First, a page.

Everything was going well until today. I don't have any technique to speak of, but I've done one of my pseudo-kicks today worse than usual, and I've felt a pain in the back of my leg. I finished the session, had a shower, and when I was limping my way out of the gym, the instructor called me and told me I should stop doing Taekwondo and start doing workouts in the gym instead. I asked whether that meant improving my shape before returning to the dojo, and he said "More or less". Then I asked him how much he'd think it might take, and he answered "These things last a lifetime". I would have thought that after seeing me struggling for almost three months he had realised that I'm in no hurry, but I've found his answer very discouraging.

I'm aware that I cannot do any sport unless I'm more or less fit. But I had hoped I'd get fit by learning Taekwondo, little by little. I can understand how once you reach a certain level, working out at the gym will help you increase your strength, or agility, or whatever. But I cannot help having the impression that I've been dumped. I foresee the gym will be a drag, close to the nightmare PE was at school. I cannot picture myself lifting weights just because; if I did it so as to improve some aspect of my performance at Taekwondo, I think I'd do it gladly. Maybe knowing that at some point I'll be allowed to return to the Taekwondo lessons might be enough, I don't know. But I suspect that's not going to be the case. I believe I'll end up not reaching the level required to take up Taekwondo again, and while I would enjoy the process of struggling with my mock-Taekwondo with the idea of getting a yellow belt some day, I don't think I'll enjoy the process of sweating at the gym doing things I don't like with little prospect of doing Taekwondo afterwards.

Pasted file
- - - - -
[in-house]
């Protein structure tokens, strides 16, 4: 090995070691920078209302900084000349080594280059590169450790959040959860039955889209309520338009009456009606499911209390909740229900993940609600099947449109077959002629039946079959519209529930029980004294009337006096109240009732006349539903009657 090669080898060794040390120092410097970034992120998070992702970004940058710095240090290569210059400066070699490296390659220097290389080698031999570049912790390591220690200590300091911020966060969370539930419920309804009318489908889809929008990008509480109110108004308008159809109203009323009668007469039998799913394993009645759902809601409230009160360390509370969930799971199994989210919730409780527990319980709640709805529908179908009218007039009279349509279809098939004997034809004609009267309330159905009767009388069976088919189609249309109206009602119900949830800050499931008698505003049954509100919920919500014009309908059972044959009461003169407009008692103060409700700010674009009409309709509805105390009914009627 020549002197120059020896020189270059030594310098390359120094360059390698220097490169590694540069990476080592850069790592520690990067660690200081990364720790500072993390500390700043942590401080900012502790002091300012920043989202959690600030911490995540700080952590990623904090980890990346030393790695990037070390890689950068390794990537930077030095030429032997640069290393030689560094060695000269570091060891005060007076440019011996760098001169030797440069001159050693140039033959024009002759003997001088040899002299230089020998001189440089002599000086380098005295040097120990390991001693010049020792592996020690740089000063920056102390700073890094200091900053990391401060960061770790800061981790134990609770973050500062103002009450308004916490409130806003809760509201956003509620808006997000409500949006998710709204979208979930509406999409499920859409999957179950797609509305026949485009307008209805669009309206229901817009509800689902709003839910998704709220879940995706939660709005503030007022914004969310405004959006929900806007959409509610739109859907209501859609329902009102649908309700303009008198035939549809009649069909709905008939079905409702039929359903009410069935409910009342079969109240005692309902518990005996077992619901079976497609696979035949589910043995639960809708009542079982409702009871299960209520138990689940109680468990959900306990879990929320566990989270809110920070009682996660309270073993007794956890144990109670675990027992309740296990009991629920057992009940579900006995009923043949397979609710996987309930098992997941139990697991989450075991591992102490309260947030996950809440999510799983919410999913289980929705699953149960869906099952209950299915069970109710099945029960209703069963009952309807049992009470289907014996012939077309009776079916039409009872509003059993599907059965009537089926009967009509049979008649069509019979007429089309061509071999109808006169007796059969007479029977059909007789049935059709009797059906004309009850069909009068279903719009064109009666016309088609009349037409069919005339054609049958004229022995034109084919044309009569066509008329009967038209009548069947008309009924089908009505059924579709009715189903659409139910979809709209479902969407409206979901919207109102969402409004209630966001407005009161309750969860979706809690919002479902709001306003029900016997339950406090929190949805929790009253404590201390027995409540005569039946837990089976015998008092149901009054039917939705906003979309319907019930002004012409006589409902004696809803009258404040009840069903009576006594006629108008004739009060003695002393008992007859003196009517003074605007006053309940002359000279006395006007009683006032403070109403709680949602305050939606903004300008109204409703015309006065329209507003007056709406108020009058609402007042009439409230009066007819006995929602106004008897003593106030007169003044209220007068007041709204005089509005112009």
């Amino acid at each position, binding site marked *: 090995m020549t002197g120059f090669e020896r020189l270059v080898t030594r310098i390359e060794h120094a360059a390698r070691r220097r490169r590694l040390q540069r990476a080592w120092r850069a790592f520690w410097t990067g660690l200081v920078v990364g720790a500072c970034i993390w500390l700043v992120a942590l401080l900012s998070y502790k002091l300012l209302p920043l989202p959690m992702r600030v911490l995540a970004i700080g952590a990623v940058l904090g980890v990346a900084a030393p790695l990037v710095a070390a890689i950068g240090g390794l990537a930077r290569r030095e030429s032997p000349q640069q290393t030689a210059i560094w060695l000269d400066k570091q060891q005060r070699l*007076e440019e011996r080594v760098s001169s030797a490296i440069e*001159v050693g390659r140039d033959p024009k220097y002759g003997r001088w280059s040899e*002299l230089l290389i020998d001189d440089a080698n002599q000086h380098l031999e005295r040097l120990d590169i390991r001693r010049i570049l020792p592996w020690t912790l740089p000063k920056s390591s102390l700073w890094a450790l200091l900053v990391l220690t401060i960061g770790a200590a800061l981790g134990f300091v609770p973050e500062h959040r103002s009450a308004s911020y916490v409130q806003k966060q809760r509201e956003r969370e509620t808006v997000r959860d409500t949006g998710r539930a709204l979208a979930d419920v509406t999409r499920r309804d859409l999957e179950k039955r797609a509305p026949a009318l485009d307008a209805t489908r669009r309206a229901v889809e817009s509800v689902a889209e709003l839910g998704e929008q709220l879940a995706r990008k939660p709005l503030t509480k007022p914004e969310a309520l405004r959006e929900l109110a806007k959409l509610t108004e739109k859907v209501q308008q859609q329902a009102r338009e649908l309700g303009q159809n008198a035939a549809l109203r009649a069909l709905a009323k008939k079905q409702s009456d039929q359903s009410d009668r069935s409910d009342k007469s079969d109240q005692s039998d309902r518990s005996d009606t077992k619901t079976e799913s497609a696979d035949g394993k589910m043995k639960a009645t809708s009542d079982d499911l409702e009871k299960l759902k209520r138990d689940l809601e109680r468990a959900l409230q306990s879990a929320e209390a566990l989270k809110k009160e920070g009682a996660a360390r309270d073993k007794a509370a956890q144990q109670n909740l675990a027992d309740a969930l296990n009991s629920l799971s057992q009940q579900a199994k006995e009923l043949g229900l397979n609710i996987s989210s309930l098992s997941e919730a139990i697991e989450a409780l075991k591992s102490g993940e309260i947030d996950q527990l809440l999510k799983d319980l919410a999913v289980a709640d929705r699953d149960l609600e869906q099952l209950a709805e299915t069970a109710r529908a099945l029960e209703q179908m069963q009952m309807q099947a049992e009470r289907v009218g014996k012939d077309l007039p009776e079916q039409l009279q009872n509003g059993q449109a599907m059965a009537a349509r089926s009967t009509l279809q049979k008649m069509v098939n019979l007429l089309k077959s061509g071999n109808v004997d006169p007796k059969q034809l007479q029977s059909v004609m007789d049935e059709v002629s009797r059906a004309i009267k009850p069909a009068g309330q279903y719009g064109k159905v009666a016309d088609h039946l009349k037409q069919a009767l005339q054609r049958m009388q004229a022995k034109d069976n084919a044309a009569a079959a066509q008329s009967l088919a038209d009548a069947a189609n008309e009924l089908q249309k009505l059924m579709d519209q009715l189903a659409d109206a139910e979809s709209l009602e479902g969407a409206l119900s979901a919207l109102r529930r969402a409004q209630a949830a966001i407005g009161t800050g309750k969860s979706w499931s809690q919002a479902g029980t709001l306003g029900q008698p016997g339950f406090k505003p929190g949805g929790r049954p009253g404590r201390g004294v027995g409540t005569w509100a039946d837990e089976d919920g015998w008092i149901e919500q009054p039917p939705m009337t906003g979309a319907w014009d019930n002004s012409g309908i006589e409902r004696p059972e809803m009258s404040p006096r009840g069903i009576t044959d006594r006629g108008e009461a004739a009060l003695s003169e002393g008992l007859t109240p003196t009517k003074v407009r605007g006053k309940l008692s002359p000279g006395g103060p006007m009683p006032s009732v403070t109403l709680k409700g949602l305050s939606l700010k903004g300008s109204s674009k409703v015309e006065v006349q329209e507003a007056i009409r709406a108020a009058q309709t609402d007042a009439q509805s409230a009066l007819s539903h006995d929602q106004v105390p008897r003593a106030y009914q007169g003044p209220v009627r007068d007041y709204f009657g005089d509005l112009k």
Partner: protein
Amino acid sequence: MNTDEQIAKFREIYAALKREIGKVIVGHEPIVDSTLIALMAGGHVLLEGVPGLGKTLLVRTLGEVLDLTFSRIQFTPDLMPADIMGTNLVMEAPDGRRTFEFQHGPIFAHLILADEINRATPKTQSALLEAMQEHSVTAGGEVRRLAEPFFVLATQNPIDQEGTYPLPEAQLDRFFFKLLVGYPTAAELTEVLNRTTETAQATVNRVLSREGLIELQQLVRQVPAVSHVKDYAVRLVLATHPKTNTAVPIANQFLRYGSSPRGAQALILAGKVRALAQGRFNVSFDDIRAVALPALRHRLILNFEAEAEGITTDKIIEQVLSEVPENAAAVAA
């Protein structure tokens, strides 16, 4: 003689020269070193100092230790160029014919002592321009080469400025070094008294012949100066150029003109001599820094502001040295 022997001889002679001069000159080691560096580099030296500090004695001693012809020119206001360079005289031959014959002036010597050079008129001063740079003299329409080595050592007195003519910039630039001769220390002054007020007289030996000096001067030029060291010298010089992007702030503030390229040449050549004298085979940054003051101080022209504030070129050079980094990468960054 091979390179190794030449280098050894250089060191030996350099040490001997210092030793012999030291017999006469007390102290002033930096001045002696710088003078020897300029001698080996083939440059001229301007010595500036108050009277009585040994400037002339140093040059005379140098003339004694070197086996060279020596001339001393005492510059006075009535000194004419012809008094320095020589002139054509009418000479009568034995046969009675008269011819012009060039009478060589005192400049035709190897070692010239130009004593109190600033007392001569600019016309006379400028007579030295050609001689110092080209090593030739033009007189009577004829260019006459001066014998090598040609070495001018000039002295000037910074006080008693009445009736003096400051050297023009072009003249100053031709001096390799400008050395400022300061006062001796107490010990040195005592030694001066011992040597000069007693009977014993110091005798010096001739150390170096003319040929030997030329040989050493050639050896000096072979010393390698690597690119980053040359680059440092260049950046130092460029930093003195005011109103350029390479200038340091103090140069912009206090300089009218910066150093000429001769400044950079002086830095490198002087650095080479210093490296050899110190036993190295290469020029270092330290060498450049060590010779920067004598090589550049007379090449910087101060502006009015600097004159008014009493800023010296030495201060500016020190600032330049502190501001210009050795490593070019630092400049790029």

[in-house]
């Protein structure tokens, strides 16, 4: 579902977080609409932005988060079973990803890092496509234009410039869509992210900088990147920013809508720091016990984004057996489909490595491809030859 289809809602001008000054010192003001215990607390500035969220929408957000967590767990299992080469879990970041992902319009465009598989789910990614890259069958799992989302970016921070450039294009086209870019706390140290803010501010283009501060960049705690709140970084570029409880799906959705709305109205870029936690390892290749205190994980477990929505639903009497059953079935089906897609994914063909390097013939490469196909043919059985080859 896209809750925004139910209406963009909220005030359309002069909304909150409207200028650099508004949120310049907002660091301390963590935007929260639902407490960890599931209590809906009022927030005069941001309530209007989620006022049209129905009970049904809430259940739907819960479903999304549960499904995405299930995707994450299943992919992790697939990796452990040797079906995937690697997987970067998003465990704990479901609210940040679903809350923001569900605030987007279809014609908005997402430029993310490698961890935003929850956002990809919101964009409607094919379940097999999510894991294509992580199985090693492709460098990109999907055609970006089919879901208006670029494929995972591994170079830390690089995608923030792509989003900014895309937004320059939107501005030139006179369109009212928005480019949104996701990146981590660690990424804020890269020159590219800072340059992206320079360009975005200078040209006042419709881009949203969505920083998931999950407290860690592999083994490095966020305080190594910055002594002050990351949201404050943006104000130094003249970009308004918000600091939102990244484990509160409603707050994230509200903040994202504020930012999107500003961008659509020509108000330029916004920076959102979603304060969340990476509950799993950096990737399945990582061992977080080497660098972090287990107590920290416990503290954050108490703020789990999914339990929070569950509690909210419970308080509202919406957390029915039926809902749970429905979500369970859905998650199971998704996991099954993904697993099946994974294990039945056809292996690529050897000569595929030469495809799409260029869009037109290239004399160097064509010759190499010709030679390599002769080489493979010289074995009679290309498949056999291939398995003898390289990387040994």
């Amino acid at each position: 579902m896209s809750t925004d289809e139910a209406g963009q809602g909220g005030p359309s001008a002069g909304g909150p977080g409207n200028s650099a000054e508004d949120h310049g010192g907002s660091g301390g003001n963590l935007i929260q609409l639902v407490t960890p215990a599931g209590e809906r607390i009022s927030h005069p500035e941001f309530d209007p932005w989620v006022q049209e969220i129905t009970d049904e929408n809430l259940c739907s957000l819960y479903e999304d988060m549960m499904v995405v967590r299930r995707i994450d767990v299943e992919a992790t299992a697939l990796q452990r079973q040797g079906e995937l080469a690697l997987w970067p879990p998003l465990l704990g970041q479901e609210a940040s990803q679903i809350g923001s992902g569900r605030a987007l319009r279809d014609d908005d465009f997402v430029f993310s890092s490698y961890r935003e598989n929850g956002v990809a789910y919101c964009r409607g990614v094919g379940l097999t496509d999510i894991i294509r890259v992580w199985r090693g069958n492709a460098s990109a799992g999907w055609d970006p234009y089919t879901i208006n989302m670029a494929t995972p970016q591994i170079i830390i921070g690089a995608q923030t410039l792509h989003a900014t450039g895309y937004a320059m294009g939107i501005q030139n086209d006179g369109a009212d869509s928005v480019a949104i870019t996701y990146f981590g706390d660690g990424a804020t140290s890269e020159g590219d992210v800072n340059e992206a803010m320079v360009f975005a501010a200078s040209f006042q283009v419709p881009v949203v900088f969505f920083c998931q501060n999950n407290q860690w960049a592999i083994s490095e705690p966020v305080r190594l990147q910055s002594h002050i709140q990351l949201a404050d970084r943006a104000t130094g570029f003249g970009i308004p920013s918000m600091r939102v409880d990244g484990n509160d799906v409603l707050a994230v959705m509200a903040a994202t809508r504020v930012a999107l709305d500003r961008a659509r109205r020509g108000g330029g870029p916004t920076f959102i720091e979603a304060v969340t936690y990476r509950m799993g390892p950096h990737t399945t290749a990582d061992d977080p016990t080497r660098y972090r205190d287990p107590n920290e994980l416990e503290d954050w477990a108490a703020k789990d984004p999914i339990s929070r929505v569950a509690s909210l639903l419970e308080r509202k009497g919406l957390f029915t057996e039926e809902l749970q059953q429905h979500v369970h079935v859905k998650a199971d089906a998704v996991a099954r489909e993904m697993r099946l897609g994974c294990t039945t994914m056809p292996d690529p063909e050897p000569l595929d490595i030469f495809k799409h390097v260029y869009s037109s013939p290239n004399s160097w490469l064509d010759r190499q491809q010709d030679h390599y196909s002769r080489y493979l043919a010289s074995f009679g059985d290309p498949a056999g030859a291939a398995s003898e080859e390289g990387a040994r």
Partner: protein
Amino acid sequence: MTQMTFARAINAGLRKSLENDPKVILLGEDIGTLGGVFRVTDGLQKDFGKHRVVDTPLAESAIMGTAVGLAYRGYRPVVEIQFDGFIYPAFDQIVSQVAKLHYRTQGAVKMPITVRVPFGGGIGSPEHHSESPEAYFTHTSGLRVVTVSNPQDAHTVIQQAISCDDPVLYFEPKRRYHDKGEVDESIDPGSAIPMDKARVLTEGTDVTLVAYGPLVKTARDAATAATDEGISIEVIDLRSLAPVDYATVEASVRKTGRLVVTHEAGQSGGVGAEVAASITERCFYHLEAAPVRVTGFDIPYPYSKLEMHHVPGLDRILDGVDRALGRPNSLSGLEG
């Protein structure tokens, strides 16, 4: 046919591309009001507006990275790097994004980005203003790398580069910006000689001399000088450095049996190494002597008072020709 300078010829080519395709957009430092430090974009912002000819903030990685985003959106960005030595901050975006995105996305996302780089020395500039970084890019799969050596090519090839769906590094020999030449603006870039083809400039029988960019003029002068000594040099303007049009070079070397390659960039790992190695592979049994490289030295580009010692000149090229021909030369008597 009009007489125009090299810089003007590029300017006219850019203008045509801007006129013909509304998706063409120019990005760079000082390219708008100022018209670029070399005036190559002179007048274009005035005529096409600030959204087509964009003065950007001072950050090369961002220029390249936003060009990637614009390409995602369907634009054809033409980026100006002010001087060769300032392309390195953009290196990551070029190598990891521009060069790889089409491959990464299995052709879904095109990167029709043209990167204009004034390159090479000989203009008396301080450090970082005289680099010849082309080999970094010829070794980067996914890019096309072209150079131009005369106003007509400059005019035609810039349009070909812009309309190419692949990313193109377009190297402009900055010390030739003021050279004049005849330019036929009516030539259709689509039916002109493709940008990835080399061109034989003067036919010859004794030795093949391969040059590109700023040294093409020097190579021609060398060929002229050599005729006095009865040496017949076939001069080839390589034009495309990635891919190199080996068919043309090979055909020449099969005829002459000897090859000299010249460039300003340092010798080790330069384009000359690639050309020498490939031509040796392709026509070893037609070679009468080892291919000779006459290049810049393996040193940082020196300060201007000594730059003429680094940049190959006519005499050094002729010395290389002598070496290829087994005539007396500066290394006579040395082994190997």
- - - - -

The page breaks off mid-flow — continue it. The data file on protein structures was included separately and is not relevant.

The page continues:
I'm feeling very depressed now. I've never liked sports like running, swimming or doing gymnastics in general. Other sports are more appealing to me, though not all, but I know I'm very bad at them. And, anyway, where I live there's not much to choose from. I've never minded being reminded of how bad I am, because I knew it was true. And when just for once I find the courage to decide I'm going to devote the free time I don't really have to trying to get a bit fitter while having fun, even knowing I will never really succeed, and I find that I actually have fun doing it, I'm told to quit. In normal conditions I can only sleep six hours a day. On the two days I went to Taekwondo, I went to bed almost one hour later than usual. I've been doing it gladly, but I don't think I can do the same to go to the gym. All I wanted was to do something I like in the middle of a life I don't like at all, and now I'll be adding two hours a week of something I dislike. And thinking of getting healthier doesn't make it worth it, I'm sad to say. When I was young, I never noticed any improvement in speed, endurance, strength and all the rest, so I'm afraid I won't notice it now, in the same way I didn't notice it in the almost one year and a half I attended Pilates classes. And what I was looking for when I enrolled in the Taekwondo lessons wasn't getting fitter (though, of course, that was a bonus), but being happier.